This study examines the impact of legislature size on local public finance and service outcomes in Indonesia. The investigation employs both continuity- and randomization-based regression discontinuity methods to accommodate the endogeneity of council size and to identify its causal effects on local government spending, service delivery, and own-source revenue mobilization. Many studies have examined the influence of increasing legislature size on expenditures, but no consensus has emerged on the direction of impacts. Moreover, interpretation of the efficiency of derived spending effects has remained elusive and reliant on ad hoc theorizing. This is the first study to examine the causal impact of council size on service outcomes, thereby facilitating an empirically based understanding of efficiency effects. The study finds that increasing legislature size negatively affects local government total and capital spending. The investigation also shows that rising legislature size has a negative influence on citizen access to public services. Finally, the examination offers evidence to suggest that an increasing number of legislators have no impact on local own-source revenues. Taken together the results imply a decline in local efficiency: residents pay the same amount in taxes but receive fewer services. The findings in this investigation contradict recent theoretical predictions and empirical results from other research.
This paper investigates the outcome of the efforts to economically catch up during the so-called development era in French-speaking West Africa. An attempt is made to measure and discuss key elements of social capability over the period 1930-1980 in Cote d'Ivoire and Senegal following Moses Abramovitz' interpretation of social capability. The paper distinguishes between four elements of social capability: degree of structural transformation, social and economic inclusion, the state's autonomy, and its accountability. We find that there was significant but uneven progress in social capability in both countries during the development era. Despite their differences in economic performance, both countries confronted fundamental shared challenges. Most notably, our analysis highlights how persistent lack of broad-based access to economic opportunities played a significant role in disrupting sustained economic and social progress in the two countries. This gives an opportunity to reflect on similarities and differences between the development era and the recent African growth phase.
Accountability is one of the cornerstones of good governance. Establishing accountable governments is a top priority on the international development agenda. Yet, scholars and democracy practitioners know little about how accountability mechanisms develop and thus can be supported by international and national actors. The present study tackles the questions of how, and in what sequence accountability sub-types develop. We consider not only vertical (elections and political parties) and horizontal accountability (legislature, judiciary, and other oversight bodies) but also diagonal accountability (civil society and media) in both their de-jure and the de-facto dimensions. By utilizing novel sequencing methods, we study their sequential relationships in 173 countries from 1900 to the present with data from the new V-Dem dataset. Considering the long-term dimensions of institution building, this study indicates that most aspects of de-facto vertical accountability precede other forms of accountability. Effective institutions of horizontal accountability—such as vigorous parliaments and independent high courts—evolve rather late in the sequence and build on progress in many other areas.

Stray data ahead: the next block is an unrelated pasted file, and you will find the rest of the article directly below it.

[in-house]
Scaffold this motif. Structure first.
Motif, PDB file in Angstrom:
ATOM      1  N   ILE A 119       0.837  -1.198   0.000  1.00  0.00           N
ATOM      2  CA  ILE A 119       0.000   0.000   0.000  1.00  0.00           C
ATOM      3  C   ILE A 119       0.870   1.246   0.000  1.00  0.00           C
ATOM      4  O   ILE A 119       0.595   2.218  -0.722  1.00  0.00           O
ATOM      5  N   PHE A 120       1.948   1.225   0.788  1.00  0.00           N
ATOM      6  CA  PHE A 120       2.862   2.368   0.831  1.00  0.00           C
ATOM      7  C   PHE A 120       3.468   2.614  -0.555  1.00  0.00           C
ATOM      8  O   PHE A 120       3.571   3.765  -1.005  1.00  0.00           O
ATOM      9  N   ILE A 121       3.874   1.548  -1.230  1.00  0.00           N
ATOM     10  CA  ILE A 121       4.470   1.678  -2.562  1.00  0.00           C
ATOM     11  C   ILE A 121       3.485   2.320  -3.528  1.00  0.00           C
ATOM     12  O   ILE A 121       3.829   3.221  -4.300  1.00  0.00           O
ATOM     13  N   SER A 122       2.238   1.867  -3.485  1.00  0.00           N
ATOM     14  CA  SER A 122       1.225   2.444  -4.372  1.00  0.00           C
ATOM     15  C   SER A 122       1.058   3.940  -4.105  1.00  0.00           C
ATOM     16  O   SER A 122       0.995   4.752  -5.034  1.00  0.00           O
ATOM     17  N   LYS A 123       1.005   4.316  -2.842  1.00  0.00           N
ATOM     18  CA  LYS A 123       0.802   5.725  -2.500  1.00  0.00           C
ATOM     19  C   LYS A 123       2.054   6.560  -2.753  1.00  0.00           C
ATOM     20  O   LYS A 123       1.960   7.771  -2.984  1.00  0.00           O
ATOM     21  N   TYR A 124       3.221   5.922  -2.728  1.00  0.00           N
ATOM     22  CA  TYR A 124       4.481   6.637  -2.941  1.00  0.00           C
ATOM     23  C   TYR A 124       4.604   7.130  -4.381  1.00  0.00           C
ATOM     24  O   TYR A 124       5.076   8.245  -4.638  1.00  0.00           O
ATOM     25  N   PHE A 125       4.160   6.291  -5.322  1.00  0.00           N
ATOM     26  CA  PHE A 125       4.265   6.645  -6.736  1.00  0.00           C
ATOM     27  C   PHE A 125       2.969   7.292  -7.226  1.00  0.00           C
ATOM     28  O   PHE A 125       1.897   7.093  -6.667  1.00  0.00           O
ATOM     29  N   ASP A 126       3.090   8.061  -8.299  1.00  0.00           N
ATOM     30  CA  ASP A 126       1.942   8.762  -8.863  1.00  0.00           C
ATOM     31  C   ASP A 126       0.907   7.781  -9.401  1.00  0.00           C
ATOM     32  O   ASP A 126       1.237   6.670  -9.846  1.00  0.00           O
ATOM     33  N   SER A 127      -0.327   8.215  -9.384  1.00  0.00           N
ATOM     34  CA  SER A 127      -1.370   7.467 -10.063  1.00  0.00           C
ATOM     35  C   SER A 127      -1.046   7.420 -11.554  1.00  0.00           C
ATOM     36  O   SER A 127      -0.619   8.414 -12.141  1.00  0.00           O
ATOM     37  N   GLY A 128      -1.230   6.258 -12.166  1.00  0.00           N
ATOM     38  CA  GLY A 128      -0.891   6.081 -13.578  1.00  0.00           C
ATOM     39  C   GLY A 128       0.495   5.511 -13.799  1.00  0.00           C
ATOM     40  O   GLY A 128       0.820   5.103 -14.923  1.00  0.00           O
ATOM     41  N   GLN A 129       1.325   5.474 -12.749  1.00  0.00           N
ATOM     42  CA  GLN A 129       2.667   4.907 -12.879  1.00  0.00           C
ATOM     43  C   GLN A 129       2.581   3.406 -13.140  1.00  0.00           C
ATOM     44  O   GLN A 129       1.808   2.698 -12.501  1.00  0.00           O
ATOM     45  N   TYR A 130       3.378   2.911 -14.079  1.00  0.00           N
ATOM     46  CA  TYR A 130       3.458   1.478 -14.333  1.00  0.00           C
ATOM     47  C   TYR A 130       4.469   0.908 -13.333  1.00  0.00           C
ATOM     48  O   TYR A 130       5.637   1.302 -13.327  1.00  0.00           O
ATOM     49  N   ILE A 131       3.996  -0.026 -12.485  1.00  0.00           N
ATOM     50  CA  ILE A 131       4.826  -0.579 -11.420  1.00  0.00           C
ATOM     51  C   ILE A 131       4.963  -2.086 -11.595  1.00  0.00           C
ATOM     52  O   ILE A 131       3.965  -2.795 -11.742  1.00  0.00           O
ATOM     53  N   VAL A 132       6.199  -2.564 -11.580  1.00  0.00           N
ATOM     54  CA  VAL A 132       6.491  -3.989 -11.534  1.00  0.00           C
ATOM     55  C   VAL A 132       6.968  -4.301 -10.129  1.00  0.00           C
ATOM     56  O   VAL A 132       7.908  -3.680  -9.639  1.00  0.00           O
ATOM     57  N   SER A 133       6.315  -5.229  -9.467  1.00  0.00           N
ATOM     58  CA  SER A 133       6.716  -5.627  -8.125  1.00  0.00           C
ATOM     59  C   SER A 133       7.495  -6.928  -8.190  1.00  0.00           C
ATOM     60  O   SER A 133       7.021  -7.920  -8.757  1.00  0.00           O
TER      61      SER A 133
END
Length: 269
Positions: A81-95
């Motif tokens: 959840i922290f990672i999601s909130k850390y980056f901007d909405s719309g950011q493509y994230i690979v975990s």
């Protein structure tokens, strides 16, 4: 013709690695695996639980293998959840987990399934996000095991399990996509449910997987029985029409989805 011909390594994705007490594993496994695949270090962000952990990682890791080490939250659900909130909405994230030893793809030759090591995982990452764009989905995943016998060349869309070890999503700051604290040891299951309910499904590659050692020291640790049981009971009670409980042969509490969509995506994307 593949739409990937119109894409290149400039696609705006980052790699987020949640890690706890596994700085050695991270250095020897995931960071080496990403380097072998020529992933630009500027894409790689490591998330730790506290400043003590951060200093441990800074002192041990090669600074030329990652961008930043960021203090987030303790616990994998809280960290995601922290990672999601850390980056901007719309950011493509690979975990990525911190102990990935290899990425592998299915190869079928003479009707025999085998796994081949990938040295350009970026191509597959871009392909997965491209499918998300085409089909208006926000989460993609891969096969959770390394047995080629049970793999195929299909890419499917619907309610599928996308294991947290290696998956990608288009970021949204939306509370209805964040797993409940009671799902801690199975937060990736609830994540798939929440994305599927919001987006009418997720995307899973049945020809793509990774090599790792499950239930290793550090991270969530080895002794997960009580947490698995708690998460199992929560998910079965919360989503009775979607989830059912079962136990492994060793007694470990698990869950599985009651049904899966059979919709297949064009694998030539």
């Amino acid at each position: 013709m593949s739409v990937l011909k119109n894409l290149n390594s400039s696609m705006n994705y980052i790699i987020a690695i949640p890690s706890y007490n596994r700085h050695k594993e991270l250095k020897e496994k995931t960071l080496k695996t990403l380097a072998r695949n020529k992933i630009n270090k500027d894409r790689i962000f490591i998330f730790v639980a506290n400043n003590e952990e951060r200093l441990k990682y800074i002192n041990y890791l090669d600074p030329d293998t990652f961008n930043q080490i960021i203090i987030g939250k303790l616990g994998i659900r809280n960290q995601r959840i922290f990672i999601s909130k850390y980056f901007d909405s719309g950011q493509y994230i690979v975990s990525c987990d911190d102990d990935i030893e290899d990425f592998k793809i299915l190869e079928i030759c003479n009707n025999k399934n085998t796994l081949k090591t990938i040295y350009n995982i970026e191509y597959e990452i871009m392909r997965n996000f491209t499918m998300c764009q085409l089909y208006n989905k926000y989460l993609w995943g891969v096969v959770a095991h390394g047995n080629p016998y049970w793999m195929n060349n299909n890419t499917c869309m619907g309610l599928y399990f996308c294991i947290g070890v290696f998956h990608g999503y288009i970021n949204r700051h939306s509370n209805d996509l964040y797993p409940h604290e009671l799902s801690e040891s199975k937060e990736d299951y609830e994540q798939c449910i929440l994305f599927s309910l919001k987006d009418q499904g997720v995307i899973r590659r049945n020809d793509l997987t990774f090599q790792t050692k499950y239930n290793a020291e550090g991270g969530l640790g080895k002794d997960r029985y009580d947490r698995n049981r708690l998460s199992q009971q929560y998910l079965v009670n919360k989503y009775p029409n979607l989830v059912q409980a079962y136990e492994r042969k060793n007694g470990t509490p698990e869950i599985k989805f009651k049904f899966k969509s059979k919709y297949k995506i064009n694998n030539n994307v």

This paper asks why peripheral European countries have been particularly vulnerable to housing and mortgage booms in recent decades; how these booms have shaped their exposure to the global financial crisis (GFC), and how the GFC has affected peripheral housing finance. To answer these questions, it explores the interaction between European processes of financial integration and domestic housing (finance) policies in four peripheral countries. It argues that the EU framework for free movement of capital and financial service provision as well as the availability of cheap credit has induced a trajectory of housing financialization, which has taken two forms: funding from wholesale markets and direct penetration of foreign financial institutions. These two forms attest to a core-periphery relationship in housing financialization, whose hierarchical character came to the fore in the crisis. Peripheral European countries experienced sudden stops and reversals of capital flows, which badly affected their banking systems. Unable to solve the looming banking crises on their own, they had to turn to creditors to gain access to much needed capital. A combination of international conditionality and domestic policy responses, and the original level of mortgage debt result in different trajectories in housing finance after the crisis.
This article proposes a classification of ‘slow-moving” and “fast-moving” institutions, and discusses the potential results of their interaction. A prime example of a slow-moving institution is culture, including values, beliefs, and social norms, which tend to change gradually. Political institutions are typically fast-moving institutions; exemplifying the nature of this category, political institutions do not necessarily change often but can change very quickly—sometimes nearly overnight. The interaction between slow-moving and fast-moving institutions can shed light on institutional change (why, how, and when it occurs), and evinces both the difficulty of transplanting institutions into different cultural contexts and the advantages of diverse institutional “blueprints” for efficient growth and development.